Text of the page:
Well you’re preachin’ to the choir here, Brian. Obviously, this is everything I believe. What irked me was that he kept talking as though these were shockingly NEW ideas that no-one but Brian McLaren and a select few others in the 21st-century emerging church movement had ever revealed before. I saw one review of the book that described McLaren’s view as “ahistorical” and I think this really sums it up. He has a good grasp of all the (many) ways the Christian church has gotten it wrong in the past, but little awareness of or sense of continuity with the many, many Christians who have preached and practiced this same message throughout Christian history. So, that bothered me.
Yes, fellow Compulsive Overreaders, it is time once again for my annual experiment in laying aside fiction and getting through a hefty pile of spiritual, theological or generally religious-ish non-fiction — usually things I’ve wanted to read but haven’t got around to because there are too many good novels to read. I’m starting Lent this year with a shelf-full of books and an attitude of openness to other books that might fall into my path, as some always do.
If you’re interested in what I’ve read and reviewed in past years, last year’s Lenten booklist can be found here by looking at the archives for Feb., March and April 07 (see the sidebar for links). In a different format on my old non-bloggy blog, you can find reviews of the books I read in Lent 05 by scrolling down this page; likewise 2004 can be found here. (I think 2006 was the ill-fated year I tried to give up reading altogether for Lent, which is why there are no reviews for 06 and why that whole six-week period is probably best forgotten).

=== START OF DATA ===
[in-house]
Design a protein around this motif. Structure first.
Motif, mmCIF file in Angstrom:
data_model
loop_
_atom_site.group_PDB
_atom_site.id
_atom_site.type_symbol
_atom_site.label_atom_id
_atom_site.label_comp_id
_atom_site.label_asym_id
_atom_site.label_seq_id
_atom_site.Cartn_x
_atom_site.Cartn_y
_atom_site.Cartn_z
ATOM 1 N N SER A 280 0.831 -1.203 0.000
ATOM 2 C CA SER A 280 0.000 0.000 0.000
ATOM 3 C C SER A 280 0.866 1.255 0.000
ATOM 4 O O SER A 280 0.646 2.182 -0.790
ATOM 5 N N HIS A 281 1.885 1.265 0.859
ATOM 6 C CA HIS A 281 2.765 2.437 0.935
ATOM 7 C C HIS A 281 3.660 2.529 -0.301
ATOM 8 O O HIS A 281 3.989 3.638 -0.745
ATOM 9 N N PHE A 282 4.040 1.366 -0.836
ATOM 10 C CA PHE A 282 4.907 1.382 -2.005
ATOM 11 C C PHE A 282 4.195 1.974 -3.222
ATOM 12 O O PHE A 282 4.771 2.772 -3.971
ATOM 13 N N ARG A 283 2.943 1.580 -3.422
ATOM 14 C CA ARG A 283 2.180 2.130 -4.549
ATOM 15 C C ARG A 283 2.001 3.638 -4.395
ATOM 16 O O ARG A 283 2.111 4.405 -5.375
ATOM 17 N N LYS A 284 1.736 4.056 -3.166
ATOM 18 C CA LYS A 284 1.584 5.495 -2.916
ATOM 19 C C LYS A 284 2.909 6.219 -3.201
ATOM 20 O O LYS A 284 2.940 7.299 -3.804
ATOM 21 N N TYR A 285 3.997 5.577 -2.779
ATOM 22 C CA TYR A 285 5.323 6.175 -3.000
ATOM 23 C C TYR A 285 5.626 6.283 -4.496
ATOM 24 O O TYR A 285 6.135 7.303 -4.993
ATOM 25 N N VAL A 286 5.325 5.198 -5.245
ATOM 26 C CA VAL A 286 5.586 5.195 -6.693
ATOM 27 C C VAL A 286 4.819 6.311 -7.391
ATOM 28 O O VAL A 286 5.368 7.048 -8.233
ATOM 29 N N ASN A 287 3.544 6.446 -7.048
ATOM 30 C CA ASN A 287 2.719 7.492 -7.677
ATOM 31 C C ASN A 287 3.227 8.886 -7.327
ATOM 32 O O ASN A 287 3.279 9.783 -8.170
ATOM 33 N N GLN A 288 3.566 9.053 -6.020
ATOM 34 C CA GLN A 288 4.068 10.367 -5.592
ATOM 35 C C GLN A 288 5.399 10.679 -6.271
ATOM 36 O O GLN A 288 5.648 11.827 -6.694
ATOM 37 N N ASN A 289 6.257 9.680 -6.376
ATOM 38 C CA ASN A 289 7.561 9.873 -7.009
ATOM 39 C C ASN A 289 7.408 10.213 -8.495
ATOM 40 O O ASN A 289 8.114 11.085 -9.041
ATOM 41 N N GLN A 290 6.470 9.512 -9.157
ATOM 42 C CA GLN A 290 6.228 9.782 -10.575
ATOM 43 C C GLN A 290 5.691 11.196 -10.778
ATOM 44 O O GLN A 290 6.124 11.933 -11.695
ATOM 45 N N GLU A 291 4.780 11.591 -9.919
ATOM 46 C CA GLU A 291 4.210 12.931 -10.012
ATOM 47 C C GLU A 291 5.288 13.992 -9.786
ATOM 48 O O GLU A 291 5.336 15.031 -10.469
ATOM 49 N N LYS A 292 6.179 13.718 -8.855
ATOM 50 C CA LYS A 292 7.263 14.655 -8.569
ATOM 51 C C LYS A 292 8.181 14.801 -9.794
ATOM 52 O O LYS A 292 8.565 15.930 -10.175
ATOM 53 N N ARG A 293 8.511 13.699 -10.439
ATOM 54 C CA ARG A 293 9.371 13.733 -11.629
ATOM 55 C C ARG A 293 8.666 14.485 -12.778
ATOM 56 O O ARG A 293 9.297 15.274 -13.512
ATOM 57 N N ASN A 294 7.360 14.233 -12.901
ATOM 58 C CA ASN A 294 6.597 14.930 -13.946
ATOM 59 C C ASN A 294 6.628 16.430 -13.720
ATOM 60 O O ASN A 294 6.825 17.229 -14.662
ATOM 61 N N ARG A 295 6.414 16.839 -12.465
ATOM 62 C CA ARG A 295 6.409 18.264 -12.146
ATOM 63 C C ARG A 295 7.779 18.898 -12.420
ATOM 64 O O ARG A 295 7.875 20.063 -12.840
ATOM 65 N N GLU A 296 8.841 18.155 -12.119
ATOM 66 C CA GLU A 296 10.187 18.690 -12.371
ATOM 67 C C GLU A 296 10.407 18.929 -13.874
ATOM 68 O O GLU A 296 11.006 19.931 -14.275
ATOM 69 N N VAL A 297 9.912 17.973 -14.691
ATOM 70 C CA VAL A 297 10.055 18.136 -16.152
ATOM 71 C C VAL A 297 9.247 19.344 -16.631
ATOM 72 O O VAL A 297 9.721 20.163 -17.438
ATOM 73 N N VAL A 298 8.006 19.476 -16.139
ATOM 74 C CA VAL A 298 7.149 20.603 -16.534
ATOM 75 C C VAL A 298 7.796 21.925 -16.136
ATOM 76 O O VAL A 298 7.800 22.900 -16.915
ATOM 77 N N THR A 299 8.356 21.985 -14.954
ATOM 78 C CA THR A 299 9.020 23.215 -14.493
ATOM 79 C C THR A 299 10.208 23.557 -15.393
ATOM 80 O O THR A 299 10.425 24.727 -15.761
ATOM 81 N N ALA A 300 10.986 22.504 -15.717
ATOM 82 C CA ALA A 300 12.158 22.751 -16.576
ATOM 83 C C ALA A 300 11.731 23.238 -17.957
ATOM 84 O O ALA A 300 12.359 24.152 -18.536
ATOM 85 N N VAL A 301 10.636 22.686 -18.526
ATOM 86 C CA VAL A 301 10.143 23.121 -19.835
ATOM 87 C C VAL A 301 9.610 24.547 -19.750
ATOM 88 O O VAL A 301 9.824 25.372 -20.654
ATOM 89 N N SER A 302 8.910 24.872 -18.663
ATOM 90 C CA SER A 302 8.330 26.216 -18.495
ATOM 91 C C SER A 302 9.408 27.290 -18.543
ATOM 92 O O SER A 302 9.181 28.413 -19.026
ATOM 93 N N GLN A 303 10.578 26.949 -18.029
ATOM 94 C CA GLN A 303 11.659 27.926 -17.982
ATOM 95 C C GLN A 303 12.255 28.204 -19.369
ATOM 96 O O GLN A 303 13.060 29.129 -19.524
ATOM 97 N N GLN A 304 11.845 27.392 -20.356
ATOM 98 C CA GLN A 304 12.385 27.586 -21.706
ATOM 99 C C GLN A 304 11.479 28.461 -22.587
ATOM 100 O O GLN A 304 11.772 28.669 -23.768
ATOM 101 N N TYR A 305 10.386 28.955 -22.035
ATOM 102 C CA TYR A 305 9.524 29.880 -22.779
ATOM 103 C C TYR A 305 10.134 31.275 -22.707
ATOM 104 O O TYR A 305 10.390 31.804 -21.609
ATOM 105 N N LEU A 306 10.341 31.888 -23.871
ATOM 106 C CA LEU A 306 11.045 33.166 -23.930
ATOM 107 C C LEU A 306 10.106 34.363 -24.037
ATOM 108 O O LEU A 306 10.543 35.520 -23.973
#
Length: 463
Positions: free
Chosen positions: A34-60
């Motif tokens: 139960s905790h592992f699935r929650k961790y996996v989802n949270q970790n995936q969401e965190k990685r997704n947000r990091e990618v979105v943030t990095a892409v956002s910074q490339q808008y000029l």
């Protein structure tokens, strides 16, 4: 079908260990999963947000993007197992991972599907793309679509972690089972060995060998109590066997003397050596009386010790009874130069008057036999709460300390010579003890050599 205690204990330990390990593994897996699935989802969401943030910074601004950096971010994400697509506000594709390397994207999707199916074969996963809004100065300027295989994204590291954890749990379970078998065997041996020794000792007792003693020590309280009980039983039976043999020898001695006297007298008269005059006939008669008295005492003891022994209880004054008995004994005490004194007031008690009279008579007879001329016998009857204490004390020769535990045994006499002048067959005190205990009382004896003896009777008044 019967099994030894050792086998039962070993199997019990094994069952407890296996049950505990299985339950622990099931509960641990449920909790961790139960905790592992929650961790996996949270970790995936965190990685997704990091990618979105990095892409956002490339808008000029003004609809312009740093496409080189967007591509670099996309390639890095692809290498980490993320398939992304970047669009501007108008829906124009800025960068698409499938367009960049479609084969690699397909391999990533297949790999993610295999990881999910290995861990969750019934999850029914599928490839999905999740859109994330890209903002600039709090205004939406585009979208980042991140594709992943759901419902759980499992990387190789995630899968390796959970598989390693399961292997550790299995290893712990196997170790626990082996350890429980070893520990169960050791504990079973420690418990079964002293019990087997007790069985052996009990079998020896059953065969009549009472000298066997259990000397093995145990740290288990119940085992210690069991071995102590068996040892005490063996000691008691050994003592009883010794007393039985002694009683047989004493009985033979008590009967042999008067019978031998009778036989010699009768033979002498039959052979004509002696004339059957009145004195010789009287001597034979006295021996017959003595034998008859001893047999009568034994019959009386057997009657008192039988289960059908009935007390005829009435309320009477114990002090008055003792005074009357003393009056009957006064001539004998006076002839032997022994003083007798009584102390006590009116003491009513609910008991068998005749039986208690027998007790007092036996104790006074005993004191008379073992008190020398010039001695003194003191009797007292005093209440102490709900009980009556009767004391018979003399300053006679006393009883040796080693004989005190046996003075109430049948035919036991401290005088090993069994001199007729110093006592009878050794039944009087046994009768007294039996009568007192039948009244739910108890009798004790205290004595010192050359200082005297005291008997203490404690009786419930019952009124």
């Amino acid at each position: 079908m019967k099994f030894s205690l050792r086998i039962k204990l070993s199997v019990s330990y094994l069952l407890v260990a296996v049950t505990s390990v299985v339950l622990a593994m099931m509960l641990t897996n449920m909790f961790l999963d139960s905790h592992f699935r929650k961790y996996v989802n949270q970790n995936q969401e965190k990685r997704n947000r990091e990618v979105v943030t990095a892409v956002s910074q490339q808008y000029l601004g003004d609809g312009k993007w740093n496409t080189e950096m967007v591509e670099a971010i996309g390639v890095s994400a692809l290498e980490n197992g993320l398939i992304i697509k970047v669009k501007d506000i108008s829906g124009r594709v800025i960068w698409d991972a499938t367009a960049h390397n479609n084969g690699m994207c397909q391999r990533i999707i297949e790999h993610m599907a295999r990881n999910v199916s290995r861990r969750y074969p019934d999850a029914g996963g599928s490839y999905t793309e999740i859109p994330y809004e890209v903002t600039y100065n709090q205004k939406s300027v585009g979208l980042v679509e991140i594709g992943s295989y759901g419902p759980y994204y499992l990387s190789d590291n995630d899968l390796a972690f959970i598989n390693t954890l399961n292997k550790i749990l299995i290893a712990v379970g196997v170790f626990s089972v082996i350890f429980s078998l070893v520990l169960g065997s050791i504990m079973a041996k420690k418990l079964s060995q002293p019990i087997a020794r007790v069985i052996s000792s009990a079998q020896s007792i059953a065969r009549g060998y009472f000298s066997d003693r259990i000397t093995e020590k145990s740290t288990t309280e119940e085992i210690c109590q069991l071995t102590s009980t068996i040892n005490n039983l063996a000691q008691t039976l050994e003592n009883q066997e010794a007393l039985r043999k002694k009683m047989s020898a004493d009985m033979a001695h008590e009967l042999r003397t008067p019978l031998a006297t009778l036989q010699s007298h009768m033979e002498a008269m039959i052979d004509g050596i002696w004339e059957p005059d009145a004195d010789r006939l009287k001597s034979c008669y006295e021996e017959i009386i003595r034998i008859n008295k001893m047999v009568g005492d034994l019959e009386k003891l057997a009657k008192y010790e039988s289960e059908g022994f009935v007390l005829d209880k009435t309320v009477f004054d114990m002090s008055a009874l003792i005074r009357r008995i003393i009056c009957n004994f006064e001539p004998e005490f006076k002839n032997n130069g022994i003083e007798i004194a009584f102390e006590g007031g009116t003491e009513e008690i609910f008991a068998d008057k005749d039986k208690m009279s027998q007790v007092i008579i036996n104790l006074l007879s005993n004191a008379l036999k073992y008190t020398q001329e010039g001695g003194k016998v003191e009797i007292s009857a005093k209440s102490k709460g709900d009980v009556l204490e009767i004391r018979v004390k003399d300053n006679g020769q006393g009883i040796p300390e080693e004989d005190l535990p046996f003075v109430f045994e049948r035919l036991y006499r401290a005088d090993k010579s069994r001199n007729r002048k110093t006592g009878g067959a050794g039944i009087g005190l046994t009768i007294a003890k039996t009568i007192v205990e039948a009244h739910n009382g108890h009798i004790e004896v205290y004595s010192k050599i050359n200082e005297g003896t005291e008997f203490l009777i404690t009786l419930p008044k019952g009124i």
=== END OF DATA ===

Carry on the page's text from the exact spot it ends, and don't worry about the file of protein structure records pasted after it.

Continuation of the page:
As you can see if you checked any of those lists, I get through a very diverse range of books. To some extent I create a reading list for myself by choosing and finding copies of interesting books I’ve heard about during the year. I make vague attempts to balance generally devotional and thought-provoking books about Christianity with something more heavy and scholarly (this year I have something called Christian Apologetics in the Postmodern World), at least one book about a non-Christian religion (this year’s selection is No god but God, a book about Islam that comes highly recommended), some memoirs (I’m a little short in that department this year, so any suggestions are welcome!), a Christian “classic” (this year it’s Teresa of Avila’s Interior Castle), and at least one book that I think I’ll violently disagree with (I am trying to get either God is Not Great or The God Delusion for this year, but both have long waitlists at my library).
Apart from the books I plan to read, others tend to fall serendipitiously into my lap during Lent. One year Lauren Winner’s Girl Meets God was an unexpected discovery; last year both Shaine Claiborne’s The Irresistible Revolution and Elizabeth Gilbert’s Eat, Pray, Love were impulse reads about which I knew very little, and all of those have become favourites of mine.
My journey through my Lenten reading list is almost always my most profound spiritual experience of the year — from books that inspire me to books that disturb me, and always lots of books that make me think about something new and different. I hope you’re on board for this year as I start reviewing what I’m reading over the next several weeks between now and Easter.